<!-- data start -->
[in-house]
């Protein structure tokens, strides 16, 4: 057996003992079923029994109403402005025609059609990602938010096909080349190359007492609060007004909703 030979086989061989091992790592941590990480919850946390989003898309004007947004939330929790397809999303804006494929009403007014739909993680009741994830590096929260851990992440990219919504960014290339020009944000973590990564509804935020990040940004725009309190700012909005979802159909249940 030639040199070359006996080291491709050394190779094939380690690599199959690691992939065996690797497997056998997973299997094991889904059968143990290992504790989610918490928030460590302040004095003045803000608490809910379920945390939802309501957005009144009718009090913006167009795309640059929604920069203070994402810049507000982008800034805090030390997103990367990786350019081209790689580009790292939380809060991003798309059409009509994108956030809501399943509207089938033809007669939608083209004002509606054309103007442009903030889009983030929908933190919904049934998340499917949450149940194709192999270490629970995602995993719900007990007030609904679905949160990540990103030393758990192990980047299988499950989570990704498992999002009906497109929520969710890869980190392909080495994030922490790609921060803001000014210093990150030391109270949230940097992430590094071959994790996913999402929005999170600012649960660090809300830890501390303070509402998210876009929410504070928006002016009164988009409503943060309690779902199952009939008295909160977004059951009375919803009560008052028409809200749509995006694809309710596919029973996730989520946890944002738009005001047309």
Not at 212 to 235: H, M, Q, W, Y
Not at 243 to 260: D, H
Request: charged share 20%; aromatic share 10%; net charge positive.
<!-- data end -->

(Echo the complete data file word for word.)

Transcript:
[in-house]
């Protein structure tokens, strides 16, 4: 057996003992079923029994109403402005025609059609990602938010096909080349190359007492609060007004909703 030979086989061989091992790592941590990480919850946390989003898309004007947004939330929790397809999303804006494929009403007014739909993680009741994830590096929260851990992440990219919504960014290339020009944000973590990564509804935020990040940004725009309190700012909005979802159909249940 030639040199070359006996080291491709050394190779094939380690690599199959690691992939065996690797497997056998997973299997094991889904059968143990290992504790989610918490928030460590302040004095003045803000608490809910379920945390939802309501957005009144009718009090913006167009795309640059929604920069203070994402810049507000982008800034805090030390997103990367990786350019081209790689580009790292939380809060991003798309059409009509994108956030809501399943509207089938033809007669939608083209004002509606054309103007442009903030889009983030929908933190919904049934998340499917949450149940194709192999270490629970995602995993719900007990007030609904679905949160990540990103030393758990192990980047299988499950989570990704498992999002009906497109929520969710890869980190392909080495994030922490790609921060803001000014210093990150030391109270949230940097992430590094071959994790996913999402929005999170600012649960660090809300830890501390303070509402998210876009929410504070928006002016009164988009409503943060309690779902199952009939008295909160977004059951009375919803009560008052028409809200749509995006694809309710596919029973996730989520946890944002738009005001047309």
Not at 212 to 235: H, M, Q, W, Y
Not at 243 to 260: D, H
Request: charged share 20%; aromatic share 10%; net charge positive.